Eigei Best Ten Worst Ten 2005

Aaron Gerow gerowaaron at sbcglobal.net
Tue Jan 10 09:00:24 EST 2006

One note on the Eigei list: for scheduling reasons, they had to make 
December 15th the deadline for films eligible for voting. Films opening 
in late December, then, are eligible for 2006.

> I also notice there is little overlap between the mostly mainstream 
> films
> picked by the so-called "major" awards and the films on the Eiga 
> Geijutsu
> Best Ten list. Not totally unexpected, but against the trend of US 
> awards,
> even the Oscars, to honor indie films over "prestige" studio titles.

One wonders if there can be an avenue for the industry to celebrate its 
indie cachet. The Japan Academy Awards are often ridiculed as as a 
baseless PR ploy by the major studios (works not distributed by the 
majors are largely shut out), the sports paper awards are often just 
popularity polls, and the three old-time awards that had the greatest 
respectability--the KineJun Best Ten, the Mainichi Concours, and the 
Blue Ribbon Awards--are largely dominated by old critics with old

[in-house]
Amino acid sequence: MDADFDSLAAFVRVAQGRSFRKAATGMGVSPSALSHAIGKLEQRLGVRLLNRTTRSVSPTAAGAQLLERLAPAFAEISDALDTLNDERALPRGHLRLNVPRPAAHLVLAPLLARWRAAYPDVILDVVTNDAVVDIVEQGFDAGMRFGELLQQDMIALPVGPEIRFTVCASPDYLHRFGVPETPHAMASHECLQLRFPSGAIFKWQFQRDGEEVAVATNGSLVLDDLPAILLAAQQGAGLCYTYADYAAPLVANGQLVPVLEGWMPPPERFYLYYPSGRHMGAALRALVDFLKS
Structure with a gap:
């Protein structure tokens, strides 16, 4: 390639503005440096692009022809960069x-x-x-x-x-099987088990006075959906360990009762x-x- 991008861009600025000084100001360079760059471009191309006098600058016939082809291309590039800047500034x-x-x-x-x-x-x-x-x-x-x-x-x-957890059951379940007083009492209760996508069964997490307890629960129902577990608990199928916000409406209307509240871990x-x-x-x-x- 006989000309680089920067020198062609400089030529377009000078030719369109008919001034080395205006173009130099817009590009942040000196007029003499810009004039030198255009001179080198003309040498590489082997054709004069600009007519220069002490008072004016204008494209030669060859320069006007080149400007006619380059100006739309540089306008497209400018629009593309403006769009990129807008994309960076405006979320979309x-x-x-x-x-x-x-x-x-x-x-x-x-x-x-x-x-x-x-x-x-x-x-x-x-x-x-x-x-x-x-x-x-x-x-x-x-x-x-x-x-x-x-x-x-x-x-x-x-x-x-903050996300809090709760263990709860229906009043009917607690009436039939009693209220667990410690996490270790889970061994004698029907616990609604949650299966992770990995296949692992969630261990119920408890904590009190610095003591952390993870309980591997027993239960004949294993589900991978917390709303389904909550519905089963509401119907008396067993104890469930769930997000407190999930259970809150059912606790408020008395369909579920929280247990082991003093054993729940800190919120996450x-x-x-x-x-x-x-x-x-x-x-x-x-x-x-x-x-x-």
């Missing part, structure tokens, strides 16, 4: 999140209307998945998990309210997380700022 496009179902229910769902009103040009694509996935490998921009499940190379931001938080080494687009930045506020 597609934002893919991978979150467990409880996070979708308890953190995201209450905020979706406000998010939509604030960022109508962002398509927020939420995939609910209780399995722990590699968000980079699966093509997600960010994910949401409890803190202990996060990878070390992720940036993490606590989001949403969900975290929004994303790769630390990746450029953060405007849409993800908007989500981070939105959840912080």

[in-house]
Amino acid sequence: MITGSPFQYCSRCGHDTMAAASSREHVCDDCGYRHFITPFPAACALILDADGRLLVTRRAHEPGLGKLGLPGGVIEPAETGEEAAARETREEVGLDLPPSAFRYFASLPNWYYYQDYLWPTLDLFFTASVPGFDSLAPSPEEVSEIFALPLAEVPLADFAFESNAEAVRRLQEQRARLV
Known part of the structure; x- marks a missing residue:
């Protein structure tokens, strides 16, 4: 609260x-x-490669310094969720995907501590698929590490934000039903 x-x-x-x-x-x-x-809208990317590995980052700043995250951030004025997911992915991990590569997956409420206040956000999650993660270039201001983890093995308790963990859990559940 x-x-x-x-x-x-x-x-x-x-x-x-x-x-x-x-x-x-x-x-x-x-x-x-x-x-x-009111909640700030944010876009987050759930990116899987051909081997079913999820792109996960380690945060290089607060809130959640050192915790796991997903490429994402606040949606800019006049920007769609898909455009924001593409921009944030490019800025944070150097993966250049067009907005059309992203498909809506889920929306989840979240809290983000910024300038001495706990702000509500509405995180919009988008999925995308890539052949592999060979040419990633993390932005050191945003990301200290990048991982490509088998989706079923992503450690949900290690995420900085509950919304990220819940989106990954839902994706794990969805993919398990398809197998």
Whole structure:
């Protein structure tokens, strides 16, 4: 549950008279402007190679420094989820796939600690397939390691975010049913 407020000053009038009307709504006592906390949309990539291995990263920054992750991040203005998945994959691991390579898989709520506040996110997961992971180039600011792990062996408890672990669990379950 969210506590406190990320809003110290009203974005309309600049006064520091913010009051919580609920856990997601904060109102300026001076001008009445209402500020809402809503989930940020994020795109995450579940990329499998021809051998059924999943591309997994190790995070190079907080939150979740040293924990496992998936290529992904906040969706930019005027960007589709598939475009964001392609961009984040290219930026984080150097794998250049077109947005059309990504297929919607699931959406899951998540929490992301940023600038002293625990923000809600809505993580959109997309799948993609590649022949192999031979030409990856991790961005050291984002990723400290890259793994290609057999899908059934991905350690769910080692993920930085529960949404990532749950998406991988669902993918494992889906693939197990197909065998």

tastes. The awards that tend to focus on independent work, like Eigei 
or the Yokohama Film Awards, are largely ignored by the mainstream 
press, so one wonders whether the award system in Japan still reflects, 
or actually helps reproduce, the still largely oligopolistic structure 
of the industry. I wonder whether the fact that the only major 
televised award is the crock that is the Japan Academy Awards must 
perpetuate the impression amongst Japanese that Japanese film is of 
poor quality.

Aaron Gerow
Director of Undergraduate Studies, Film Studies Program
Assistant Professor
Film Studies Program/East Asian Languages and Literatures
Yale University
53 Wall Street, Room 316
PO Box 208363
New Haven, CT 06520-8363
Phone: 1-203-432-7082
Fax: 1-203-432-6764
e-mail: aaron.gerow at yale.edu

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